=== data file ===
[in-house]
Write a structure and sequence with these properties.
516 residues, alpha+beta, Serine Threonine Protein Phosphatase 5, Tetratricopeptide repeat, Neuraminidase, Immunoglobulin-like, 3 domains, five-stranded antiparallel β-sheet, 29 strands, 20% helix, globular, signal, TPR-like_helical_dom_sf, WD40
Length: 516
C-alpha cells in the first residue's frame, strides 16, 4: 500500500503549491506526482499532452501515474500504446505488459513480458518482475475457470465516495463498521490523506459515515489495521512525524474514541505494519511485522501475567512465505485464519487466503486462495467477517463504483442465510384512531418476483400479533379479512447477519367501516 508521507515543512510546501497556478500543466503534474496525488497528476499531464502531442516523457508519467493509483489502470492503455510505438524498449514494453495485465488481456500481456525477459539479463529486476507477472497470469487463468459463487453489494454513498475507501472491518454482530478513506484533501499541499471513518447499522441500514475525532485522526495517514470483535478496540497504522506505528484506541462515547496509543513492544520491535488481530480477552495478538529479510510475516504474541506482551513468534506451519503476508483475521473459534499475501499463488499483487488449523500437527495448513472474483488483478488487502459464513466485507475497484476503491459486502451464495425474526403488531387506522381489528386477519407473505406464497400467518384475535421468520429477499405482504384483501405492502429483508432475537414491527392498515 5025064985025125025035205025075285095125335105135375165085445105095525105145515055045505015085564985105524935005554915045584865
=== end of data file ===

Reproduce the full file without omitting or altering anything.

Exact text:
[in-house]
Write a structure and sequence with these properties.
516 residues, alpha+beta, Serine Threonine Protein Phosphatase 5, Tetratricopeptide repeat, Neuraminidase, Immunoglobulin-like, 3 domains, five-stranded antiparallel β-sheet, 29 strands, 20% helix, globular, signal, TPR-like_helical_dom_sf, WD40
Length: 516
C-alpha cells in the first residue's frame, strides 16, 4: 500500500503549491506526482499532452501515474500504446505488459513480458518482475475457470465516495463498521490523506459515515489495521512525524474514541505494519511485522501475567512465505485464519487466503486462495467477517463504483442465510384512531418476483400479533379479512447477519367501516 508521507515543512510546501497556478500543466503534474496525488497528476499531464502531442516523457508519467493509483489502470492503455510505438524498449514494453495485465488481456500481456525477459539479463529486476507477472497470469487463468459463487453489494454513498475507501472491518454482530478513506484533501499541499471513518447499522441500514475525532485522526495517514470483535478496540497504522506505528484506541462515547496509543513492544520491535488481530480477552495478538529479510510475516504474541506482551513468534506451519503476508483475521473459534499475501499463488499483487488449523500437527495448513472474483488483478488487502459464513466485507475497484476503491459486502451464495425474526403488531387506522381489528386477519407473505406464497400467518384475535421468520429477499405482504384483501405492502429483508432475537414491527392498515 5025064985025125025035205025075285095125335105135375165085445105095525105145515055045505015085564985105524935005554915045584865